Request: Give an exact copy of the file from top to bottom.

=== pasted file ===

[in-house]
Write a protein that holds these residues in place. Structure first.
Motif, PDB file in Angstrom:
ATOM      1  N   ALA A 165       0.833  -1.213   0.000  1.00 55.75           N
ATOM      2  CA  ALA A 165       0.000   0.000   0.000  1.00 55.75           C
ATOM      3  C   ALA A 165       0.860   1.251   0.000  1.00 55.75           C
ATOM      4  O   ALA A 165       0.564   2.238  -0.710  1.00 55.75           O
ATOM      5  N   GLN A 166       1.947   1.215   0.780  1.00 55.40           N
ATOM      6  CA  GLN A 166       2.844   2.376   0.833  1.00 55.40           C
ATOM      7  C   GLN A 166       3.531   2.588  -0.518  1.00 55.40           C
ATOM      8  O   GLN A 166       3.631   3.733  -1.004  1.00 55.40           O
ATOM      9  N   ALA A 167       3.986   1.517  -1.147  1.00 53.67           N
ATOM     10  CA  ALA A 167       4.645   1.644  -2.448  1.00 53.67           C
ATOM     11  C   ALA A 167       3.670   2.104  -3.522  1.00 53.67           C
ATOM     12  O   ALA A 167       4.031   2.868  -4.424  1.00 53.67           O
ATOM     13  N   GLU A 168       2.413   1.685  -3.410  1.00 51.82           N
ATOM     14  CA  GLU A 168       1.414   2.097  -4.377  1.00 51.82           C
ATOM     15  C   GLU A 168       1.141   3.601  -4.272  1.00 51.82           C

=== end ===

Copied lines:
[in-house]
Write a protein that holds these residues in place. Structure first.
Motif, PDB file in Angstrom:
ATOM      1  N   ALA A 165       0.833  -1.213   0.000  1.00 55.75           N
ATOM      2  CA  ALA A 165       0.000   0.000   0.000  1.00 55.75           C
ATOM      3  C   ALA A 165       0.860   1.251   0.000  1.00 55.75           C
ATOM      4  O   ALA A 165       0.564   2.238  -0.710  1.00 55.75           O
ATOM      5  N   GLN A 166       1.947   1.215   0.780  1.00 55.40           N
ATOM      6  CA  GLN A 166       2.844   2.376   0.833  1.00 55.40           C
ATOM      7  C   GLN A 166       3.531   2.588  -0.518  1.00 55.40           C
ATOM      8  O   GLN A 166       3.631   3.733  -1.004  1.00 55.40           O
ATOM      9  N   ALA A 167       3.986   1.517  -1.147  1.00 53.67           N
ATOM     10  CA  ALA A 167       4.645   1.644  -2.448  1.00 53.67           C
ATOM     11  C   ALA A 167       3.670   2.104  -3.522  1.00 53.67           C
ATOM     12  O   ALA A 167       4.031   2.868  -4.424  1.00 53.67           O
ATOM     13  N   GLU A 168       2.413   1.685  -3.410  1.00 51.82           N
ATOM     14  CA  GLU A 168       1.414   2.097  -4.377  1.00 51.82           C
ATOM     15  C   GLU A 168       1.141   3.601  -4.272  1.00 51.82           C